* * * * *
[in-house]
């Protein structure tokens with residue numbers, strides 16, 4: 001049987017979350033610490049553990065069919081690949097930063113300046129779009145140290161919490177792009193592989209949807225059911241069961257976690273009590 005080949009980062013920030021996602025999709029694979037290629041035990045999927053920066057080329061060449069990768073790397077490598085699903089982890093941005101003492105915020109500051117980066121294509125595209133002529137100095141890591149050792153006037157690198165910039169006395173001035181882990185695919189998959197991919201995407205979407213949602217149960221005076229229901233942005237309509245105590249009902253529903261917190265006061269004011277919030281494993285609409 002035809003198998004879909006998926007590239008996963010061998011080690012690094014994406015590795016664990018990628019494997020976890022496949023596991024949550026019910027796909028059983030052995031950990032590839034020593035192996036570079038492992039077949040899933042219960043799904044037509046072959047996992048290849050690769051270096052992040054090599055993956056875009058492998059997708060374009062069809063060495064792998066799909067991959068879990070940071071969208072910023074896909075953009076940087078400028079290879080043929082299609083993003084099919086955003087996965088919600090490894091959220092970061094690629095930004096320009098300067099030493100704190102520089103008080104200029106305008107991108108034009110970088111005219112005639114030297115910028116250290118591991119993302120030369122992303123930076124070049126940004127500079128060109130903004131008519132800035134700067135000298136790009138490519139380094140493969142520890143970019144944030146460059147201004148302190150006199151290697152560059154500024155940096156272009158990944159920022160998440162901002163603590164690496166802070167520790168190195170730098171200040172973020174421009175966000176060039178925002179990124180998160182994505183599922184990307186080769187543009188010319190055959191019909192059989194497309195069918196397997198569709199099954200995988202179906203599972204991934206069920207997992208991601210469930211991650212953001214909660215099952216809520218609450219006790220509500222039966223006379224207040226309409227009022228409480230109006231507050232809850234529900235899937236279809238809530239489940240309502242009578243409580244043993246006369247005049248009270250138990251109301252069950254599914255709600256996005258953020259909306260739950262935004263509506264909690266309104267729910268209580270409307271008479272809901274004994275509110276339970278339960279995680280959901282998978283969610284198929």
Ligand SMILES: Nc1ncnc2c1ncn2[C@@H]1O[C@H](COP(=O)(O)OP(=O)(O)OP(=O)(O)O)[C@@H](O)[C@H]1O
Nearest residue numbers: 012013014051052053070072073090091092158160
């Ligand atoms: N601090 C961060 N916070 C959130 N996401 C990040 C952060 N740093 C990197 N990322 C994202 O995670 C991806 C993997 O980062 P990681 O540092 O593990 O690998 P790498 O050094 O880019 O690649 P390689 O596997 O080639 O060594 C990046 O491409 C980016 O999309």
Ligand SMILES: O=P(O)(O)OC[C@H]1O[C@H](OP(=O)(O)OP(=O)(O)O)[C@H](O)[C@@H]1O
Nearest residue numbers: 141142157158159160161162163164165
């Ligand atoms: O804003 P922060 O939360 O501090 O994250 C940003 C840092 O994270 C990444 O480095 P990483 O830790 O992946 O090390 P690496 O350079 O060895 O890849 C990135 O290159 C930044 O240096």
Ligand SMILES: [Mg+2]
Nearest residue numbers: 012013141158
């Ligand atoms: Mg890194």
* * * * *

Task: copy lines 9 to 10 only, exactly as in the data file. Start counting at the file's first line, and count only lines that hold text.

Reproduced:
Ligand SMILES: [Mg+2]
Nearest residue numbers: 012013141158